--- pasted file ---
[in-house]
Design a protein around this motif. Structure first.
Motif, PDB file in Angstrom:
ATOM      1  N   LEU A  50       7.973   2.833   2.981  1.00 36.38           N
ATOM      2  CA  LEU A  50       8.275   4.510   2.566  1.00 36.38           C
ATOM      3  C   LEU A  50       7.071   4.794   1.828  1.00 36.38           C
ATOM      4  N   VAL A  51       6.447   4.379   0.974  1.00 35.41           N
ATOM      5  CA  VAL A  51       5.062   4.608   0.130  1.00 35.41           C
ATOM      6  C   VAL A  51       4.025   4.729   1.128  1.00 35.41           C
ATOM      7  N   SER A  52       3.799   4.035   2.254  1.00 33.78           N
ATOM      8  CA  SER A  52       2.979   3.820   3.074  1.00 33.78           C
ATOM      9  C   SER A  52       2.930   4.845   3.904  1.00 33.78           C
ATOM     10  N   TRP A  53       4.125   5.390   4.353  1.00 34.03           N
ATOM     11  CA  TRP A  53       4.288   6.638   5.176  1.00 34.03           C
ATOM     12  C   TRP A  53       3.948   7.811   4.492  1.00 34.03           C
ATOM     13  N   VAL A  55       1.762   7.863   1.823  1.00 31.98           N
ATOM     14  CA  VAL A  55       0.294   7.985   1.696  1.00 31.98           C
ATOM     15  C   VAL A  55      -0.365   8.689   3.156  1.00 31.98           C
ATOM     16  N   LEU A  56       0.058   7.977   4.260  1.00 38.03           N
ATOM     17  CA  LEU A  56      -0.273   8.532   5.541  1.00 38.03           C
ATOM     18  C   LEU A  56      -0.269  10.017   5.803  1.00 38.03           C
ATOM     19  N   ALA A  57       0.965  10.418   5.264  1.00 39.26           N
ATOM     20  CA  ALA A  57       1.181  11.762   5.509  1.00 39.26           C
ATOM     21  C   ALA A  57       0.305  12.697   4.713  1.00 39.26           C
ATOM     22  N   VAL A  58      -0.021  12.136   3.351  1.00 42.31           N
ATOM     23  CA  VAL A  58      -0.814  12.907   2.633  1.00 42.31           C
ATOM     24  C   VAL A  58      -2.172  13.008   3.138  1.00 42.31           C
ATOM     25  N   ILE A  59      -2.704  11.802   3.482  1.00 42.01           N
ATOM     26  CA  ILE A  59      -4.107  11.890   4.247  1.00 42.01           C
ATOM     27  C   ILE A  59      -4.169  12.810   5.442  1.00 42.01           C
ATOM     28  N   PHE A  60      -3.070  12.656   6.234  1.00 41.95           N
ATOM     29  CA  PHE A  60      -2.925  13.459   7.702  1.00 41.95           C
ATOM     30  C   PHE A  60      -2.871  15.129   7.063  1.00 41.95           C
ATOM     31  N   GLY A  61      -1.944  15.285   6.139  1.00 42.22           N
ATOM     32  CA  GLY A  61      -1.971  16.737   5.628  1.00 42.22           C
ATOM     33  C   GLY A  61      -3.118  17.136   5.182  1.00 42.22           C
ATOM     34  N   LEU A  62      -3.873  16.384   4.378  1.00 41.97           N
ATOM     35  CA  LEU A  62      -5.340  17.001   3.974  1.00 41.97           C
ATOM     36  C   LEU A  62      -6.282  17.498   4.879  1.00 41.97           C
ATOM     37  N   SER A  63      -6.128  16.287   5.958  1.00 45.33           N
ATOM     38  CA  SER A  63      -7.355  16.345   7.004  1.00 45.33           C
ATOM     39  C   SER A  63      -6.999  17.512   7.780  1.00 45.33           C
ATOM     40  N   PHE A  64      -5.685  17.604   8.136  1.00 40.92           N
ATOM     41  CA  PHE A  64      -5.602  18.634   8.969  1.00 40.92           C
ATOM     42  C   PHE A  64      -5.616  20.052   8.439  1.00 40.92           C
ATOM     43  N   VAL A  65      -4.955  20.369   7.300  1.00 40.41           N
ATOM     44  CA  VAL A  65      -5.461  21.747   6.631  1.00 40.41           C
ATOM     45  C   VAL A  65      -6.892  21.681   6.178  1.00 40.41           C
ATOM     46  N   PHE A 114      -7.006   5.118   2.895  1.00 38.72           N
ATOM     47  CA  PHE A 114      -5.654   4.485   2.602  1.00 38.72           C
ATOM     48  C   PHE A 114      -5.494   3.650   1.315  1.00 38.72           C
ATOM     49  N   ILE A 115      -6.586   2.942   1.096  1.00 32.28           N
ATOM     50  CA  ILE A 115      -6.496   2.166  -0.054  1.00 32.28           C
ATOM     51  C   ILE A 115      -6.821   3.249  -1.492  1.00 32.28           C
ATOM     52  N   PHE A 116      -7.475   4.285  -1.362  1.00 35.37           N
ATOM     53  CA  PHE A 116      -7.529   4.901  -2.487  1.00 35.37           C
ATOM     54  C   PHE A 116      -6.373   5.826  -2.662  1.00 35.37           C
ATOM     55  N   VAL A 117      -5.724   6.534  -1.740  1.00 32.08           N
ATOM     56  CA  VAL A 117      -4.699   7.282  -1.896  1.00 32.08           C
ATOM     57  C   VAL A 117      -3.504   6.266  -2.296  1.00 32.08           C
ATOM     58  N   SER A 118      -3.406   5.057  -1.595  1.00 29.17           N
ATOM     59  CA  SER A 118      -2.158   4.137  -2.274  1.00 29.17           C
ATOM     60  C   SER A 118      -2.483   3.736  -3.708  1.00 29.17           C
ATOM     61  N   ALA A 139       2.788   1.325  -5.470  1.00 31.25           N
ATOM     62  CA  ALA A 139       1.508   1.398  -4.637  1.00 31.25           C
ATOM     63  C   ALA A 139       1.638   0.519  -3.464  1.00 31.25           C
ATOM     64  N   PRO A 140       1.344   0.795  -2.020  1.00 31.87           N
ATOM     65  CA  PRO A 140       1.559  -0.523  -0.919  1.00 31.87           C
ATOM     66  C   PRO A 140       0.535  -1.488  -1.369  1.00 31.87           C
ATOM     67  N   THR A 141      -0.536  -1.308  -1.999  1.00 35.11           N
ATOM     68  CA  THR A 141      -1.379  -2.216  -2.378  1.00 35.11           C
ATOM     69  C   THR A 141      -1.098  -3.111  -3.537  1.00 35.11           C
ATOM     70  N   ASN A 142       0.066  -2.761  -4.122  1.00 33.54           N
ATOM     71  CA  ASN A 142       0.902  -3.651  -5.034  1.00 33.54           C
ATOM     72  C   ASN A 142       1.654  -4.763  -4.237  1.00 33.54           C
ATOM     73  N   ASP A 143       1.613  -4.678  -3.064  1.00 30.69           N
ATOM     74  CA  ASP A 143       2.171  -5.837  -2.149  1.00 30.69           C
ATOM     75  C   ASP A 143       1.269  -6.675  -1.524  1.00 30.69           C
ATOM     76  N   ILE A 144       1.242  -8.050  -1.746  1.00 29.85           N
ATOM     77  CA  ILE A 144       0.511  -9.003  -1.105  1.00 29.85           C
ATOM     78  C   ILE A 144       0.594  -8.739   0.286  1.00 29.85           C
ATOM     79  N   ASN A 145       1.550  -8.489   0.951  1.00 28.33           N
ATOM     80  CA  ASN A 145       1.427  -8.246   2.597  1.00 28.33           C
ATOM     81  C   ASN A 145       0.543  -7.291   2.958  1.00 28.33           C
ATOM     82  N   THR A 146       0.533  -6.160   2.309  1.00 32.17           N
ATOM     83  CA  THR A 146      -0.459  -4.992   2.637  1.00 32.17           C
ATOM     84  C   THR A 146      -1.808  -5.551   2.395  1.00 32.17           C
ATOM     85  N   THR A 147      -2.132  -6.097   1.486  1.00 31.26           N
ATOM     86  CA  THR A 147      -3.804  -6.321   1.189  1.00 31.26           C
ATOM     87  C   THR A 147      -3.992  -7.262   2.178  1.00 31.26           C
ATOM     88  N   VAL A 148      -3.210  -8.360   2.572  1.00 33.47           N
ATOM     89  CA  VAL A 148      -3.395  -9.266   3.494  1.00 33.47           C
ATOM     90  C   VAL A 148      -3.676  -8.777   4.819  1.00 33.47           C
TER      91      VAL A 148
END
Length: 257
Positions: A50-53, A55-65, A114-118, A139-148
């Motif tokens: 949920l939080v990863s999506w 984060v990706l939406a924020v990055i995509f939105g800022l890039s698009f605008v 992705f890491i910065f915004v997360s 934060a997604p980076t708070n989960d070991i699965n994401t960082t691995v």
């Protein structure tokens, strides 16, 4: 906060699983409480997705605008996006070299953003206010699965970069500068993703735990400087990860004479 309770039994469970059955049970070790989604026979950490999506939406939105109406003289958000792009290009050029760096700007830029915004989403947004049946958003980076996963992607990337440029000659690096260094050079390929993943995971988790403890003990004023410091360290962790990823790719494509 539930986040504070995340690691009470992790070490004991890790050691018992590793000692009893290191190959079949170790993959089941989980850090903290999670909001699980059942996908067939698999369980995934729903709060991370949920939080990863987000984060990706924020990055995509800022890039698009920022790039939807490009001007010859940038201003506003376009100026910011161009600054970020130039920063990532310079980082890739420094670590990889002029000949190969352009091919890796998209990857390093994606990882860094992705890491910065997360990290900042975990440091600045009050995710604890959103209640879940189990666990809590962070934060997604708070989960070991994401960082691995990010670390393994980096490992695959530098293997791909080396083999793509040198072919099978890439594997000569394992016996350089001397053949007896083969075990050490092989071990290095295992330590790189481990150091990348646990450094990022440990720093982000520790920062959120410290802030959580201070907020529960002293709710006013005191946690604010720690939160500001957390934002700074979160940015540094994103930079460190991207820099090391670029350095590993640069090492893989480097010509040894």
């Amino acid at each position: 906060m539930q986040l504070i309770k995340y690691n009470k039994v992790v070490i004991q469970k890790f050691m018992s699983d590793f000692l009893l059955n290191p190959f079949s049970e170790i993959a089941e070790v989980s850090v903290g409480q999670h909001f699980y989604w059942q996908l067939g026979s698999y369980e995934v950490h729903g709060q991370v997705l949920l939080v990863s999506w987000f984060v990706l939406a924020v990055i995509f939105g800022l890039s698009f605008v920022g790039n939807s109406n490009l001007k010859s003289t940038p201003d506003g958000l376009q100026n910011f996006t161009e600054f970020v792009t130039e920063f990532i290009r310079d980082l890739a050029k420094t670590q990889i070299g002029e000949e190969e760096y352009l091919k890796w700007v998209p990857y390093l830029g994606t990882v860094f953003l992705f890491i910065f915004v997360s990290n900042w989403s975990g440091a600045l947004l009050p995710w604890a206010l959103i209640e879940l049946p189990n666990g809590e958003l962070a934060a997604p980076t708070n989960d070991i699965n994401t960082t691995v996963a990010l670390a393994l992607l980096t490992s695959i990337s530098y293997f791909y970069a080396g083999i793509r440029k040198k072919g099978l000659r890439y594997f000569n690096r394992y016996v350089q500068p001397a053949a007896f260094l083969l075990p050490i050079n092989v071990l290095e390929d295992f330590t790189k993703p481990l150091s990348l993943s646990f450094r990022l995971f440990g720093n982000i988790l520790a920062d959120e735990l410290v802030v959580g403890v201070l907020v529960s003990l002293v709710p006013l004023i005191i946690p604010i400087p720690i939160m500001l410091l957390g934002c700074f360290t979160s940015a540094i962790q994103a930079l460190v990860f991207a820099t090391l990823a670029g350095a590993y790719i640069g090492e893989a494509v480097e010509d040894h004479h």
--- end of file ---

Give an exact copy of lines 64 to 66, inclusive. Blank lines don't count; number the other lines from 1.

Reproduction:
ATOM     61  N   ALA A 139       2.788   1.325  -5.470  1.00 31.25           N
ATOM     62  CA  ALA A 139       1.508   1.398  -4.637  1.00 31.25           C
ATOM     63  C   ALA A 139       1.638   0.519  -3.464  1.00 31.25           C